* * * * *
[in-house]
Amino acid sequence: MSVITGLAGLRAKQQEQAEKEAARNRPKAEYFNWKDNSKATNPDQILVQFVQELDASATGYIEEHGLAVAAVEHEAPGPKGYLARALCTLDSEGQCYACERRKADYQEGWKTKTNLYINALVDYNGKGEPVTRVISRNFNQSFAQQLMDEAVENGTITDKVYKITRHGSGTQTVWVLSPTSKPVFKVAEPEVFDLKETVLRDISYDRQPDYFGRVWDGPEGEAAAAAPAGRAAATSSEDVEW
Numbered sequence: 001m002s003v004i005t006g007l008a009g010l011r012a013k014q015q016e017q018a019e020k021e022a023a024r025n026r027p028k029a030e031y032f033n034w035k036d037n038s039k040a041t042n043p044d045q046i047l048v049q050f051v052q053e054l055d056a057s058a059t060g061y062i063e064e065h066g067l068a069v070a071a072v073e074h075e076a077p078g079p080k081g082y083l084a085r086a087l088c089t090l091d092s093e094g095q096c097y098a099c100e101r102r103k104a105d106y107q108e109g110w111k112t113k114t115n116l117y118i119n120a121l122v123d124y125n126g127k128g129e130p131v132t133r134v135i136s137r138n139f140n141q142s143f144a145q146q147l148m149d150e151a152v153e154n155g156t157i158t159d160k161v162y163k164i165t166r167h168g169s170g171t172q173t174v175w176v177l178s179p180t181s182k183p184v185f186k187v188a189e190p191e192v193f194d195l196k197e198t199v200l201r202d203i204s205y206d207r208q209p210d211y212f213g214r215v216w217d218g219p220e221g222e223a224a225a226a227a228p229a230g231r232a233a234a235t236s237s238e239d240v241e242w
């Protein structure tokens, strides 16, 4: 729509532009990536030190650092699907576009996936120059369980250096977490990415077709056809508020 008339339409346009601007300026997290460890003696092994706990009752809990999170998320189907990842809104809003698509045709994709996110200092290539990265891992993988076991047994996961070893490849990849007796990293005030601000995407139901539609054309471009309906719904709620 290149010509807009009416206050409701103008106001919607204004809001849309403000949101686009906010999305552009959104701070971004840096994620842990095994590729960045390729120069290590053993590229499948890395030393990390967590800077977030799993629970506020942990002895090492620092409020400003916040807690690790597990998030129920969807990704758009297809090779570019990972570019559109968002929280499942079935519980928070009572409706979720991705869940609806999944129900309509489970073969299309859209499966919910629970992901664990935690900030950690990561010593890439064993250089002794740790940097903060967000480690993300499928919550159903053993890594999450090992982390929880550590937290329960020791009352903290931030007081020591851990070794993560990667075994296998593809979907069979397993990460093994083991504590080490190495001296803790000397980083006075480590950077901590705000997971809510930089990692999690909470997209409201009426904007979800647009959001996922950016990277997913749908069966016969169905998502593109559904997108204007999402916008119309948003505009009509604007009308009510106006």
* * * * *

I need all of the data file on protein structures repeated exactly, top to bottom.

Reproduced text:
[in-house]
Amino acid sequence: MSVITGLAGLRAKQQEQAEKEAARNRPKAEYFNWKDNSKATNPDQILVQFVQELDASATGYIEEHGLAVAAVEHEAPGPKGYLARALCTLDSEGQCYACERRKADYQEGWKTKTNLYINALVDYNGKGEPVTRVISRNFNQSFAQQLMDEAVENGTITDKVYKITRHGSGTQTVWVLSPTSKPVFKVAEPEVFDLKETVLRDISYDRQPDYFGRVWDGPEGEAAAAAPAGRAAATSSEDVEW
Numbered sequence: 001m002s003v004i005t006g007l008a009g010l011r012a013k014q015q016e017q018a019e020k021e022a023a024r025n026r027p028k029a030e031y032f033n034w035k036d037n038s039k040a041t042n043p044d045q046i047l048v049q050f051v052q053e054l055d056a057s058a059t060g061y062i063e064e065h066g067l068a069v070a071a072v073e074h075e076a077p078g079p080k081g082y083l084a085r086a087l088c089t090l091d092s093e094g095q096c097y098a099c100e101r102r103k104a105d106y107q108e109g110w111k112t113k114t115n116l117y118i119n120a121l122v123d124y125n126g127k128g129e130p131v132t133r134v135i136s137r138n139f140n141q142s143f144a145q146q147l148m149d150e151a152v153e154n155g156t157i158t159d160k161v162y163k164i165t166r167h168g169s170g171t172q173t174v175w176v177l178s179p180t181s182k183p184v185f186k187v188a189e190p191e192v193f194d195l196k197e198t199v200l201r202d203i204s205y206d207r208q209p210d211y212f213g214r215v216w217d218g219p220e221g222e223a224a225a226a227a228p229a230g231r232a233a234a235t236s237s238e239d240v241e242w
């Protein structure tokens, strides 16, 4: 729509532009990536030190650092699907576009996936120059369980250096977490990415077709056809508020 008339339409346009601007300026997290460890003696092994706990009752809990999170998320189907990842809104809003698509045709994709996110200092290539990265891992993988076991047994996961070893490849990849007796990293005030601000995407139901539609054309471009309906719904709620 290149010509807009009416206050409701103008106001919607204004809001849309403000949101686009906010999305552009959104701070971004840096994620842990095994590729960045390729120069290590053993590229499948890395030393990390967590800077977030799993629970506020942990002895090492620092409020400003916040807690690790597990998030129920969807990704758009297809090779570019990972570019559109968002929280499942079935519980928070009572409706979720991705869940609806999944129900309509489970073969299309859209499966919910629970992901664990935690900030950690990561010593890439064993250089002794740790940097903060967000480690993300499928919550159903053993890594999450090992982390929880550590937290329960020791009352903290931030007081020591851990070794993560990667075994296998593809979907069979397993990460093994083991504590080490190495001296803790000397980083006075480590950077901590705000997971809510930089990692999690909470997209409201009426904007979800647009959001996922950016990277997913749908069966016969169905998502593109559904997108204007999402916008119309948003505009009509604007009308009510106006």